– cabbage + apple + red onion = coleslaw
Where possible make some bigger meals to use as leftovers for lunches or a second dinner.
There’s always flour, sugar, spices and dried or fresh fruit in my house. This means that baking is a doddle and a great option for frugal-week lunches. I also love making breads and usually keep a big bag of unbleached bakers flour or spelt flour on hand, so of course that needed to be on the menu.
I decided I would just use up as much stuff in the crisper of the fridge in preparation for my fruit and veg box delivery which comes on Thursdays. Therefore our snacks ended up including carrot, watermelon, cucumber, oranges, apples, celery. I know that doesn’t sound like rocket science and we generally have a pretty healthy wholefood diet anyway, but it was good to really focus on finding creative ways to include fruit & veg in our lunchboxes. I’ve also been watching a show about spices on SBS and I’ve been sprinkling oranges with cloves, apple with nutmeg, strawberries with pepper. Mega yum!
BREAKFAST OF CHAMPIONS
One meal I always struggle a bit with the kids is breakfast. Our two children are polar opposites in all things and have very different hunger levels at breakfast and never want to eat the same thing. It’s not really our best mealtime as a family. This week I just made sure I thought about a few options for brekky that would definitely work. This meant that I needed to buy eggs and bacon from my $50 allowance, as well as yoghurt so I could make smoothies. Otherwise we have cereal and toast with fruit, and that is fine for backup. Plus I made a second batch of orange muffins as I always seem to have oranges lying around.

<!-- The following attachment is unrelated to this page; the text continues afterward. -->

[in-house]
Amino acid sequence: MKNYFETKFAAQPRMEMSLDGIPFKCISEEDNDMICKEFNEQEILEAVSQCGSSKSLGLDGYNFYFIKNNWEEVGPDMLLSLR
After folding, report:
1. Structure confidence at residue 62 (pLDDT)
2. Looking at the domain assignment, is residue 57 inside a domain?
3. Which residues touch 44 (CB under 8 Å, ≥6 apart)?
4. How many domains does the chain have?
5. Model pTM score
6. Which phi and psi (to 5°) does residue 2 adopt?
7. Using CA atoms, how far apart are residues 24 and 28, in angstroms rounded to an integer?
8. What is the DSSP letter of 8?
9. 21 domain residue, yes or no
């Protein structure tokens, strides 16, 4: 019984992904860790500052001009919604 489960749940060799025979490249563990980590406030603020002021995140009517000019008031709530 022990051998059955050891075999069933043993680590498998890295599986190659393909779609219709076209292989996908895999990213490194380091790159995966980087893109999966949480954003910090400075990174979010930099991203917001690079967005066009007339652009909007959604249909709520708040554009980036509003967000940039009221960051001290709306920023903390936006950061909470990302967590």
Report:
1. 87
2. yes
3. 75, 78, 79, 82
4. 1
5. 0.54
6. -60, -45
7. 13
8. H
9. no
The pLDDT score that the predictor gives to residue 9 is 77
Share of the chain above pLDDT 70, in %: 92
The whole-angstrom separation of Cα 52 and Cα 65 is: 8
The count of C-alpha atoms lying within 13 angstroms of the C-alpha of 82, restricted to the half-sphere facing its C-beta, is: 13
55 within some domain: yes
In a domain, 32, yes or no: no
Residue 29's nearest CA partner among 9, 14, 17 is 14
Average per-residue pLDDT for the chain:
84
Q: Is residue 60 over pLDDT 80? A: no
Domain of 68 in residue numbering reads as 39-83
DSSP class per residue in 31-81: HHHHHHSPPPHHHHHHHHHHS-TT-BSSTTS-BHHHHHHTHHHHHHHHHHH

AVOID THE SHOPS
Only go when you really really need to. I spent $40 on the Tuesday on some basics, seriously it was a teensy shop.
But we were able to get through on that without shopping again. We’ve bought a few loaves of bread, some apples and bananas and a 3 litre of milk in addition.
WHAT I LEARNED
I was shocked at how hard it was to stick to $50 budget. I suppose that sounds stupid but I thought with everything in the house that would be ok. And I didn’t really stick to it anyway because I have a $25 fruit and veg box that comes every week that I hadn’t accounted for that expense as it’s a regular payment that comes out of our bank account.
I was also made aware of how healthy we were in some ways, but heaps more unhealthy in others. We ate a lot more pasta, rice and bread than we would normally. Seafood, meat and deli items are bloody expensive and were off the menu this week.
I’ve been reminded how lucky we are to be on decent wages and to be able to buy whatever food we like, whenever we like. On a weekly basis we have an abundance of fruit and veg, plus prawns or salmon, plus steak or lamb. And some treats from the deli or organic grocer. We are very fortunate to be in this position and to be able to make choices about our food. This week I am giving thanks for all of that!